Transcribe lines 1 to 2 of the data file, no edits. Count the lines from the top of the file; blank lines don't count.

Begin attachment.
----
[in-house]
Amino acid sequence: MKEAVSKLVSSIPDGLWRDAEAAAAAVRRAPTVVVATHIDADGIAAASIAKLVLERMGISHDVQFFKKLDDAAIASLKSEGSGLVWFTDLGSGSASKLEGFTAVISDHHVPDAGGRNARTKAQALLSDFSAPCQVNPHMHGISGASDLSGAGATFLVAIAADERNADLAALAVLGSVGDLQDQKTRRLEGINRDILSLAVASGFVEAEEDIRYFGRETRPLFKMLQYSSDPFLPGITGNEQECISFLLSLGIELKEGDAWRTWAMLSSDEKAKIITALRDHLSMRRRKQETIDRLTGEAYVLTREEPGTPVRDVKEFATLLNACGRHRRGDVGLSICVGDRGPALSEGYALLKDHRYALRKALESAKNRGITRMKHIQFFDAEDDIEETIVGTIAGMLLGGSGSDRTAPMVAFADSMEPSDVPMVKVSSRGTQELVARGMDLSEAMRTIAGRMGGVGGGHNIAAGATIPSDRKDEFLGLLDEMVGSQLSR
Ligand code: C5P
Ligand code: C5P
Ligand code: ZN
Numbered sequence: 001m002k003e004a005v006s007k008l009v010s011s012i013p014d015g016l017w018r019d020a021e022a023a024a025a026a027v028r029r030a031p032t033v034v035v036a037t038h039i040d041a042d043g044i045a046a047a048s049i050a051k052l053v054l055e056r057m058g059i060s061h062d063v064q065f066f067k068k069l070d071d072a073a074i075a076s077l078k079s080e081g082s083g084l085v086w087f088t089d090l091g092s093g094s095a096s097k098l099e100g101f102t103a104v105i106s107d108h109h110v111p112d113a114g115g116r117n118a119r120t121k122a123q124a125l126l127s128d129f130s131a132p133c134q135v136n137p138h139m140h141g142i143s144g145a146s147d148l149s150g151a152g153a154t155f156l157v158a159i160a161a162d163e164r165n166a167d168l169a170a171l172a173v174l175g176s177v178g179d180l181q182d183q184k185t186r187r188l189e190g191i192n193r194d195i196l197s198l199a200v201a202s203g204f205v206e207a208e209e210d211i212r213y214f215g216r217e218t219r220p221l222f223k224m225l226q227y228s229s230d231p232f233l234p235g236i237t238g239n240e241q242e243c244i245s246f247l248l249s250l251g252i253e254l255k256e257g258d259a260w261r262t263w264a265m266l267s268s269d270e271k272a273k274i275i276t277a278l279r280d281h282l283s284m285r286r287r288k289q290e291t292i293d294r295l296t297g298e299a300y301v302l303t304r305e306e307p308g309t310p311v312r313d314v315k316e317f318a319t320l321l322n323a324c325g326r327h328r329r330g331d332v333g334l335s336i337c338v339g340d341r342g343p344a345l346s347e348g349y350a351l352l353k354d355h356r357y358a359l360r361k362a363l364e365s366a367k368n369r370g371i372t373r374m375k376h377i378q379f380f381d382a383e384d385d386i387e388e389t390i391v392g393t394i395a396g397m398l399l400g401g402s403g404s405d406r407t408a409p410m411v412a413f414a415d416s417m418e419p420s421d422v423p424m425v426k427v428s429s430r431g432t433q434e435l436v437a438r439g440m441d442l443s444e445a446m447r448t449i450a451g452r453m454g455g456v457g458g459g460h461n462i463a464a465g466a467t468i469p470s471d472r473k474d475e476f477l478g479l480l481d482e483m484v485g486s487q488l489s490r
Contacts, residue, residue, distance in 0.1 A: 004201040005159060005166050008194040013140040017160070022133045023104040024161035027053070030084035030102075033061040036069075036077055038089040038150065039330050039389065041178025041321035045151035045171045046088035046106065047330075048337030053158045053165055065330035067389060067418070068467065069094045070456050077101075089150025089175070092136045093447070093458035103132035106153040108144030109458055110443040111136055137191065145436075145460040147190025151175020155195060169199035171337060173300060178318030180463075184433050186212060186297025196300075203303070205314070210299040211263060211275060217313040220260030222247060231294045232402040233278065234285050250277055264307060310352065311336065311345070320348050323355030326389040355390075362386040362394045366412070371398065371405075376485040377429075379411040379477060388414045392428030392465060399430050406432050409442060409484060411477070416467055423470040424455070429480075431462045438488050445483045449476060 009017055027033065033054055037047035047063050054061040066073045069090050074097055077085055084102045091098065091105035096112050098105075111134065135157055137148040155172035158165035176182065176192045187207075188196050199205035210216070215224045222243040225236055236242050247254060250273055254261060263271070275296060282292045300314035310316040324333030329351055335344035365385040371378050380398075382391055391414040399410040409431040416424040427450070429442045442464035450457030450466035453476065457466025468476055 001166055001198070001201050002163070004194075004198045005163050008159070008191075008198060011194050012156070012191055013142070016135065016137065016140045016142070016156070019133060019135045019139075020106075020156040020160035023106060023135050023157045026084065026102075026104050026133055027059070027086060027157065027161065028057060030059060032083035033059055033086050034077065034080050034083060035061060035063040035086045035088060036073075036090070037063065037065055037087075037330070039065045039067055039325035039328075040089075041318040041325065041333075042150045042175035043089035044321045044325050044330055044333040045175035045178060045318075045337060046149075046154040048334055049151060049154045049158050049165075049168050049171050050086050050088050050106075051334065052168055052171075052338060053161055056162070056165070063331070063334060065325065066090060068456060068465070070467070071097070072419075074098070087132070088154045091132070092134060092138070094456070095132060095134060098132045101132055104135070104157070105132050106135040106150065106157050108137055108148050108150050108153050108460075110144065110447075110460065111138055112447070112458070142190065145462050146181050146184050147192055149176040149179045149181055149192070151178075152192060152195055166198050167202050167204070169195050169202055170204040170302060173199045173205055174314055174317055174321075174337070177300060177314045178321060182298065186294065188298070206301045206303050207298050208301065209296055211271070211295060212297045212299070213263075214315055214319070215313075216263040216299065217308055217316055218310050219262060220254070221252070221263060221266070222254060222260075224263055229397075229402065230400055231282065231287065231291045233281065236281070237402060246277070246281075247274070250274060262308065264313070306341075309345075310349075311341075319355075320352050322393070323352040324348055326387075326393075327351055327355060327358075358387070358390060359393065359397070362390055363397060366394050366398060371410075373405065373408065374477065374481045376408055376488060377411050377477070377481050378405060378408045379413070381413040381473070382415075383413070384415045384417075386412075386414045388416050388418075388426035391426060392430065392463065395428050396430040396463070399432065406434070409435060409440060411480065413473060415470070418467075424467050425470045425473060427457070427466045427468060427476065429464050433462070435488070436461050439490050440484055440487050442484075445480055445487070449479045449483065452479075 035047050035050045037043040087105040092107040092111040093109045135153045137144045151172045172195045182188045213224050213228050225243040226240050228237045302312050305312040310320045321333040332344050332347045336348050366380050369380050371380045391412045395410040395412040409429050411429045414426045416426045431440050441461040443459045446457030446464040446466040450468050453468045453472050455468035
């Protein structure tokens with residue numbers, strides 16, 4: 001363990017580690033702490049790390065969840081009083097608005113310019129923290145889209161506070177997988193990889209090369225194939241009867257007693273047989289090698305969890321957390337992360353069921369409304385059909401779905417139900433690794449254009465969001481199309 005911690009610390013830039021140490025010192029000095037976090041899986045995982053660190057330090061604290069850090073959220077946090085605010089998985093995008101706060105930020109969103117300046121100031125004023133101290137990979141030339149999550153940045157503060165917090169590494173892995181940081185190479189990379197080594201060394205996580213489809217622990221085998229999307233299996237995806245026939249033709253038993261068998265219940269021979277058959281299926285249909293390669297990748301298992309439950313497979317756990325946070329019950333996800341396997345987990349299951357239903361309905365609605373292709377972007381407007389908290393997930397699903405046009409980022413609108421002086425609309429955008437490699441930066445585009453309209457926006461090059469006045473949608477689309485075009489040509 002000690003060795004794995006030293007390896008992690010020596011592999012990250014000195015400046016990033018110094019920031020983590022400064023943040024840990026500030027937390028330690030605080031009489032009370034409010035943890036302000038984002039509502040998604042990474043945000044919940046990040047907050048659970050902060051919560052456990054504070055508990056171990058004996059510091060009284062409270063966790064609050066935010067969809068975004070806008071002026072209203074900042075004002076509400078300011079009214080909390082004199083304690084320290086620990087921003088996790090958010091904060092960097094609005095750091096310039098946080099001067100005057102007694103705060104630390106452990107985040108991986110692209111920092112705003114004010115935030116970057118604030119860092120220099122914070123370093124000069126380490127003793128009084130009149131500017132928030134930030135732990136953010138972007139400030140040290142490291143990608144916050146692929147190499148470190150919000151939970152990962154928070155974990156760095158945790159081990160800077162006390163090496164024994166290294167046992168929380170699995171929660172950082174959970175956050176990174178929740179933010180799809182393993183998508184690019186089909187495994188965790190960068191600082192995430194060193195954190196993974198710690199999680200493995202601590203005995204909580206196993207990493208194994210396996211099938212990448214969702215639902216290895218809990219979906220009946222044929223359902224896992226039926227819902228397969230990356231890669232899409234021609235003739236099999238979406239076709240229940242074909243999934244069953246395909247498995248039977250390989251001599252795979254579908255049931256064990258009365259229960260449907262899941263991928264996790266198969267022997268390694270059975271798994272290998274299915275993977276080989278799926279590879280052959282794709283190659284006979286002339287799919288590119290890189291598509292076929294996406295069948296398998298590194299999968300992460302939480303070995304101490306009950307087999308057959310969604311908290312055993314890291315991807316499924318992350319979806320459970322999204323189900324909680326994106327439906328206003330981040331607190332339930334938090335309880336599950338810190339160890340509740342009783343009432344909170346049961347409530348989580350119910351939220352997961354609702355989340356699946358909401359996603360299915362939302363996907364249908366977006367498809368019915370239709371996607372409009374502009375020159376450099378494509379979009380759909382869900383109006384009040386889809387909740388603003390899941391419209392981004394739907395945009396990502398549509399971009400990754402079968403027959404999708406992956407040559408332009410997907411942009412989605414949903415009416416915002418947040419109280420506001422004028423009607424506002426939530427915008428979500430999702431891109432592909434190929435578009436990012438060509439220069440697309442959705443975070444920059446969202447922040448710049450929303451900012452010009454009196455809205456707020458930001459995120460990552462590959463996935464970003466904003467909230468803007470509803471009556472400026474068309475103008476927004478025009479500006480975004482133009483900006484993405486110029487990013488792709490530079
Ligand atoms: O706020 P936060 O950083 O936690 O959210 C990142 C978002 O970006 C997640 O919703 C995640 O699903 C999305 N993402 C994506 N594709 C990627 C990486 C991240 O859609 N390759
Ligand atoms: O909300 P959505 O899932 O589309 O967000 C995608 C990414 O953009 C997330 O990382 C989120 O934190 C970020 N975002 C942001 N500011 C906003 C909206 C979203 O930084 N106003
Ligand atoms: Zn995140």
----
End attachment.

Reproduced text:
[in-house]
Amino acid sequence: MKEAVSKLVSSIPDGLWRDAEAAAAAVRRAPTVVVATHIDADGIAAASIAKLVLERMGISHDVQFFKKLDDAAIASLKSEGSGLVWFTDLGSGSASKLEGFTAVISDHHVPDAGGRNARTKAQALLSDFSAPCQVNPHMHGISGASDLSGAGATFLVAIAADERNADLAALAVLGSVGDLQDQKTRRLEGINRDILSLAVASGFVEAEEDIRYFGRETRPLFKMLQYSSDPFLPGITGNEQECISFLLSLGIELKEGDAWRTWAMLSSDEKAKIITALRDHLSMRRRKQETIDRLTGEAYVLTREEPGTPVRDVKEFATLLNACGRHRRGDVGLSICVGDRGPALSEGYALLKDHRYALRKALESAKNRGITRMKHIQFFDAEDDIEETIVGTIAGMLLGGSGSDRTAPMVAFADSMEPSDVPMVKVSSRGTQELVARGMDLSEAMRTIAGRMGGVGGGHNIAAGATIPSDRKDEFLGLLDEMVGSQLSR